1A member of a group of peoples living in or near the Naga Hills of Burma (Myanmar) and northeastern India.
- ‘He also said ‘eighty per cent of the Nagas supported the peace process today‘.’
- ‘We have seen it in India in the agreement between the Government and the Nagas.’
- ‘With capable leadership and without missionary support, the Nagas and other tribal groups have produced outstanding leaders who helped indigenize the Christian gospel in a positive way.’
- ‘Many Nagas are said now to speak broken Assamese and Hindi.’
- ‘The Nagas lived in mountainous north-east India on the Myanmar border.’
2Any of the Tibeto-Burman languages of the Naga.
- ‘This seemed to gain some attention, as a few snarling words in Naga accompanied a warrior struggling out of bed, sword in hand.’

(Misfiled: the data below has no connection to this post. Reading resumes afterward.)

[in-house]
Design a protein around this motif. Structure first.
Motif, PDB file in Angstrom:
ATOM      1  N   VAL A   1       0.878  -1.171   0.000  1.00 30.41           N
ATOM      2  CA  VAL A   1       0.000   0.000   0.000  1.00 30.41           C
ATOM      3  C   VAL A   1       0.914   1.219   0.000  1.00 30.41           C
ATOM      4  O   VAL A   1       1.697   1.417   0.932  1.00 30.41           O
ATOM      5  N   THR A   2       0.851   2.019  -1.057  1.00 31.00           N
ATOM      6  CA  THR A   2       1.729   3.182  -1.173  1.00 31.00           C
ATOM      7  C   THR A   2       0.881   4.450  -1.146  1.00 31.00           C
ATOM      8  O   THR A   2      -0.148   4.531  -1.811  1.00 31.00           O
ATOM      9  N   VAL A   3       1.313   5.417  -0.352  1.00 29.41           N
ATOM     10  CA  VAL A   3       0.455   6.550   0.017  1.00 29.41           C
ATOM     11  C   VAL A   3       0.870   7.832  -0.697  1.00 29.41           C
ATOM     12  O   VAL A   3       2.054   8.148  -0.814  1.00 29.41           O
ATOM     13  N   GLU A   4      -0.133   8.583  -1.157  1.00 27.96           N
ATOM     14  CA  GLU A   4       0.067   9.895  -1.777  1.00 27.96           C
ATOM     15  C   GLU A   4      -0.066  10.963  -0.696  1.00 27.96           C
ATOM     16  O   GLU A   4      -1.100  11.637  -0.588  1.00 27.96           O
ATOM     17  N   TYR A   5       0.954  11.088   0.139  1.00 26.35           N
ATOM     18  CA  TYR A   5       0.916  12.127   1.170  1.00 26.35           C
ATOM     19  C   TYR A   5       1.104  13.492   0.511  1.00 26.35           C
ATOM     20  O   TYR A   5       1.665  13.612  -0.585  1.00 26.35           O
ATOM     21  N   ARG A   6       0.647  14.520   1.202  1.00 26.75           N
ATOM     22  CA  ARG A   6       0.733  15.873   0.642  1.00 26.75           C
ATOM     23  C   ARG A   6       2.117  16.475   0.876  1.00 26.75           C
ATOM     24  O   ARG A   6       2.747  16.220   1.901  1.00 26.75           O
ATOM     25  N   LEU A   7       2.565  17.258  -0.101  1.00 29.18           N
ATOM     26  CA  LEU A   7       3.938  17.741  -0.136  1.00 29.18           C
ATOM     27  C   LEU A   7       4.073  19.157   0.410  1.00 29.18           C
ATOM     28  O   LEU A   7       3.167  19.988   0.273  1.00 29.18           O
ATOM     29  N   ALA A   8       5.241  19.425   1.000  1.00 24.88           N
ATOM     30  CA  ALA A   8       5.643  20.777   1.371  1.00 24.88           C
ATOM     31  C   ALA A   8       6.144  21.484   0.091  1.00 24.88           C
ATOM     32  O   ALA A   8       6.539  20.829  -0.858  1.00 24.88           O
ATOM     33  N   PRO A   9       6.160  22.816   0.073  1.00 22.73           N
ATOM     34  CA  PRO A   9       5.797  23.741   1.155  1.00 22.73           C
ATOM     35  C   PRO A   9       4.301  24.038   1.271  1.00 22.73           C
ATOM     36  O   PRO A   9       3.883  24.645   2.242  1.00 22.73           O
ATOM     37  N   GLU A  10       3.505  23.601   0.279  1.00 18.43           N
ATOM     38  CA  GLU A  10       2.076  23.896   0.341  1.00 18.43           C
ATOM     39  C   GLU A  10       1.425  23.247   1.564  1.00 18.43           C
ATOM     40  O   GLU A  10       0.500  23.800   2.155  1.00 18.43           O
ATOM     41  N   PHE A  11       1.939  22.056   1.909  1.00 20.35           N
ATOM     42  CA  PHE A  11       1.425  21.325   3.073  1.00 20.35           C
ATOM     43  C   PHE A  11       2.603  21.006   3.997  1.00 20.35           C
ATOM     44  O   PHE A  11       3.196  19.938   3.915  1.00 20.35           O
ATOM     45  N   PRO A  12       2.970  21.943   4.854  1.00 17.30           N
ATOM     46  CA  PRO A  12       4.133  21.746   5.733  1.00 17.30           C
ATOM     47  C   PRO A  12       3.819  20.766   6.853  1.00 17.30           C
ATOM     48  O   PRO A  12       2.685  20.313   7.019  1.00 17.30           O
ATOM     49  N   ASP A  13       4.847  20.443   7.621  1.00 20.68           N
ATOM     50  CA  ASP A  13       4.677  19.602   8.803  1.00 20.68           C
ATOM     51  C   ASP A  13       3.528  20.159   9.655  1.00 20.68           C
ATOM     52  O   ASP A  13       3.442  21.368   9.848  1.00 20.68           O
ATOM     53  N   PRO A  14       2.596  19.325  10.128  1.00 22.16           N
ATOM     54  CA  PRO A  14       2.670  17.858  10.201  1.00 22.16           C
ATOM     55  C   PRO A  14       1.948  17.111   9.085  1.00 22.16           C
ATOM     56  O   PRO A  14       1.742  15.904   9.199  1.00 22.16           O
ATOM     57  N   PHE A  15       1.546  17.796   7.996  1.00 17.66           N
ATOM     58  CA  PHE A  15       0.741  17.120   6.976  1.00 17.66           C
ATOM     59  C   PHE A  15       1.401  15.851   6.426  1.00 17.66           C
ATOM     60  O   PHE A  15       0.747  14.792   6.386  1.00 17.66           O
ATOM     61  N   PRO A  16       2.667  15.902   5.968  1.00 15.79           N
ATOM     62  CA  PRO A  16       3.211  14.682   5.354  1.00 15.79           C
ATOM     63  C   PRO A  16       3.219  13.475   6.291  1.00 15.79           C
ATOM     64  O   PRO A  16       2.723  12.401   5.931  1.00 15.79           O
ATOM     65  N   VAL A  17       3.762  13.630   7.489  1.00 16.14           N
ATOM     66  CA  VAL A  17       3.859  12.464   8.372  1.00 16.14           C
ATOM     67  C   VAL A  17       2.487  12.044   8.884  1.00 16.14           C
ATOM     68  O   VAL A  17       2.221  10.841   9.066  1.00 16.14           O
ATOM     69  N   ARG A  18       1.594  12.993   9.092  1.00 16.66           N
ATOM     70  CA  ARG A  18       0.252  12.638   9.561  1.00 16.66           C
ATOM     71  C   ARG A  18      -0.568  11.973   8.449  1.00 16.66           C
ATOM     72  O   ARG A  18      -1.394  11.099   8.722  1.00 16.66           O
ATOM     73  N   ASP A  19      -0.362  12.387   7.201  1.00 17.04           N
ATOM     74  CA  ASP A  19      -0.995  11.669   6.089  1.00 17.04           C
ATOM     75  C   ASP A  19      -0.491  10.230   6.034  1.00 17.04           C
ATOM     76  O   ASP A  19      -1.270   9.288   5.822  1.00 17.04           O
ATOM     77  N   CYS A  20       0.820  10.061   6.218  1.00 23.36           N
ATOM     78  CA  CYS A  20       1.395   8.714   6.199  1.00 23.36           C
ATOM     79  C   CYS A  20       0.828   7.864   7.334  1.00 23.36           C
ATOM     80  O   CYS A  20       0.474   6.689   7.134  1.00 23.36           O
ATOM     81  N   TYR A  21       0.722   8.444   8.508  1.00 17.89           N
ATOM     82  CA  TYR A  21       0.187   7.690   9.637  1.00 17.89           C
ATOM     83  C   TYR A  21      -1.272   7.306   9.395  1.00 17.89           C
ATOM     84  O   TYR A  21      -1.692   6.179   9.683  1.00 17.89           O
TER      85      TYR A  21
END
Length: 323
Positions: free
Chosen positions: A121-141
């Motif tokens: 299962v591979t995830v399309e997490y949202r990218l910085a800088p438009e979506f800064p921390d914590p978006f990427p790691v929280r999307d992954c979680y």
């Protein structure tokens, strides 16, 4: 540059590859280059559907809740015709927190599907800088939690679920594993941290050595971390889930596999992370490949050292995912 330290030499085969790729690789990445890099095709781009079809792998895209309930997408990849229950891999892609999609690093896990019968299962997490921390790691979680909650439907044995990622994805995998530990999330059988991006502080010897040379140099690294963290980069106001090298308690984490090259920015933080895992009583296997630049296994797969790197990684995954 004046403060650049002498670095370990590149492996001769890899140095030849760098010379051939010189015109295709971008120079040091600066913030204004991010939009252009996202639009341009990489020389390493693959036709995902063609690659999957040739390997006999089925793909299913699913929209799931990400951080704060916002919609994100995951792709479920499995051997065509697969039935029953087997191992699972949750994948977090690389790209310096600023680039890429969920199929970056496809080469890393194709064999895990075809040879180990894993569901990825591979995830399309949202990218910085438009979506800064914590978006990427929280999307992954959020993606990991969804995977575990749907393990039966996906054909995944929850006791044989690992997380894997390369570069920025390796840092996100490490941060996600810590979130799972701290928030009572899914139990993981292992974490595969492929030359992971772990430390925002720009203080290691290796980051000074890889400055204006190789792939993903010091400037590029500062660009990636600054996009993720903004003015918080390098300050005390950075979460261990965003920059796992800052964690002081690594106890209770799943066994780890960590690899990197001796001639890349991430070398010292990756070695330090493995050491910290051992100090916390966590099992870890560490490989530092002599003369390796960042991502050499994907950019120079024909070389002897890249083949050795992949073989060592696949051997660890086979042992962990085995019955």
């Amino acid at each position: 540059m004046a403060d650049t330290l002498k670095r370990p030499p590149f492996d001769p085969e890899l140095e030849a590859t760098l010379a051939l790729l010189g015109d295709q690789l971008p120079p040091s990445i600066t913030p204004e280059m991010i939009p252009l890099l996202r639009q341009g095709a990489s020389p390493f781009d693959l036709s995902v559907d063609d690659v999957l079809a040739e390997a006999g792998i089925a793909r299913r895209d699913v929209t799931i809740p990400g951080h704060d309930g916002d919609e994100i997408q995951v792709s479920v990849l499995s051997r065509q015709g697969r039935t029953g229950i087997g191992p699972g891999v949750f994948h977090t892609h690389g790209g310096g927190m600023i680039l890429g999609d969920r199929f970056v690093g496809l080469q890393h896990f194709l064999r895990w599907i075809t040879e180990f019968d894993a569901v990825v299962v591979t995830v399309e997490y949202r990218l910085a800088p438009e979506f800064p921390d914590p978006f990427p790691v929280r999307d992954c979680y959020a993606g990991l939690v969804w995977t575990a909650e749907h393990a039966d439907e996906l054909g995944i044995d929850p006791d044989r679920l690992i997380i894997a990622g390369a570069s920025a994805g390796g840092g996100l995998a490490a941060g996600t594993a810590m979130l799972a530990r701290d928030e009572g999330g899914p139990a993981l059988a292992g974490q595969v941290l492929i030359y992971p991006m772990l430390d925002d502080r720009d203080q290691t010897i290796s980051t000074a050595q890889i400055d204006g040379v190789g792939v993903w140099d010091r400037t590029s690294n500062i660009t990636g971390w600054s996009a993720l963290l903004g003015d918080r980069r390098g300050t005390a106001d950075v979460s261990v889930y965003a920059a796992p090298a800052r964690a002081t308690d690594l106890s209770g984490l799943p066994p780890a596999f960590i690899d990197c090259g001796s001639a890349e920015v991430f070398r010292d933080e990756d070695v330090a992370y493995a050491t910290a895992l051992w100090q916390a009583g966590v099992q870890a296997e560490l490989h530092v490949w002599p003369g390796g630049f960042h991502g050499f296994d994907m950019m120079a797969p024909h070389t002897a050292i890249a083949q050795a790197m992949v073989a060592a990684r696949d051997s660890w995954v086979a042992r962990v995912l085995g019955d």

Relating to the Naga or their language.
- ‘While music may have always been part of Naga life, the state has recently witnessed a sudden growth of pop bands and folk music groups.’
- ‘From the color of their sarongs and the way they wear their machetes in a shoulder scabbard, I know they are Naga tribesmen.’
- ‘The typical Naga embroidery has been used on the long jackets that are embellished with leather straps and more sequence.’
- ‘The talks with Naga elders may be fraught with tension but attempts are being made by both sides to keep the dialogue going.’
- ‘The Naga tribesmen I manage to speak to refuse to guide me.’
Perhaps from Sanskrit nagna naked or naga mountain.
(in Indian mythology) a member of a semidivine race, part human and part cobra in form, associated with water and sometimes with mystical initiation.
- ‘Specially pertinent to this period is the image of Buddha seated on the mythological, multi-headed serpent or naga.’
- ‘His canvasses have lustrous Buddhas, among nagas, dragons, animals and birds.’
- ‘Thus, the nagas, who in Buddhist mythology protected Buddha before his enlightenment by shooting down lightning bolts aimed at him, guard the sacred temple.’
- ‘The naga turned and smiled, his golden-reptilian eyes locking with his.’
From Sanskrit nāga serpent.